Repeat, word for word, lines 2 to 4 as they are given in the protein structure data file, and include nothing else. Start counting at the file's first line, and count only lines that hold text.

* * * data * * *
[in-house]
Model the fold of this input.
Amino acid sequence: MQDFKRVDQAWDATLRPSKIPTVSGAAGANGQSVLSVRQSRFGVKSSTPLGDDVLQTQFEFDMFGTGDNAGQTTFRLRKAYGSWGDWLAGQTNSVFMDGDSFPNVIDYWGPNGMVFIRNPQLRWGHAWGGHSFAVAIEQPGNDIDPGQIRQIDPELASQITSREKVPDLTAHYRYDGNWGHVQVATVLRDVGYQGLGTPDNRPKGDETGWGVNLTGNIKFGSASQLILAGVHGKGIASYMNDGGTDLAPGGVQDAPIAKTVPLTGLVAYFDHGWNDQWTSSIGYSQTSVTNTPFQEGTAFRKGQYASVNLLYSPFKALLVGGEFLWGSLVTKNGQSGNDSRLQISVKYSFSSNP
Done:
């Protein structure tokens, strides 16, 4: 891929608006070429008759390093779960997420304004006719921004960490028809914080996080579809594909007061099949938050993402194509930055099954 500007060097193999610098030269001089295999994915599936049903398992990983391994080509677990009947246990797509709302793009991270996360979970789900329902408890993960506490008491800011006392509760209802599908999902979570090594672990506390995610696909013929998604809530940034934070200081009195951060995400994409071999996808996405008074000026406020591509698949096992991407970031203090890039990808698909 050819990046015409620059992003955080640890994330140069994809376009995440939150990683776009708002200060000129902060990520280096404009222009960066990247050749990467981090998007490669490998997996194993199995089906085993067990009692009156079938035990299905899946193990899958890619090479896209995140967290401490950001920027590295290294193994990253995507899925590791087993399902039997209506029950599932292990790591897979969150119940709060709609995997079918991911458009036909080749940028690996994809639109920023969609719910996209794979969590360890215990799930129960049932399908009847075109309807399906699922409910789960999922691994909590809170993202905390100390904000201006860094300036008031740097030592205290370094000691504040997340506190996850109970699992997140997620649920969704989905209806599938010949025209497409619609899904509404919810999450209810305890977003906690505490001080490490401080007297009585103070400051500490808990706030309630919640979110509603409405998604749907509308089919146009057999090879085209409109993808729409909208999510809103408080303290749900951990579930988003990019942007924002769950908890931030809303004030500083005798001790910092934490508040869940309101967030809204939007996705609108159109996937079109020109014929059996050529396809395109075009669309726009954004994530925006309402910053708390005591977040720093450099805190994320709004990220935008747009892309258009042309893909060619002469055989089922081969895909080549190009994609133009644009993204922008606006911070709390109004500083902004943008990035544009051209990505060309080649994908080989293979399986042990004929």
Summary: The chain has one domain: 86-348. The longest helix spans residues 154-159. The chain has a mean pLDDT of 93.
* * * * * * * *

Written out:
Model the fold of this input.
Amino acid sequence: MQDFKRVDQAWDATLRPSKIPTVSGAAGANGQSVLSVRQSRFGVKSSTPLGDDVLQTQFEFDMFGTGDNAGQTTFRLRKAYGSWGDWLAGQTNSVFMDGDSFPNVIDYWGPNGMVFIRNPQLRWGHAWGGHSFAVAIEQPGNDIDPGQIRQIDPELASQITSREKVPDLTAHYRYDGNWGHVQVATVLRDVGYQGLGTPDNRPKGDETGWGVNLTGNIKFGSASQLILAGVHGKGIASYMNDGGTDLAPGGVQDAPIAKTVPLTGLVAYFDHGWNDQWTSSIGYSQTSVTNTPFQEGTAFRKGQYASVNLLYSPFKALLVGGEFLWGSLVTKNGQSGNDSRLQISVKYSFSSNP
Done: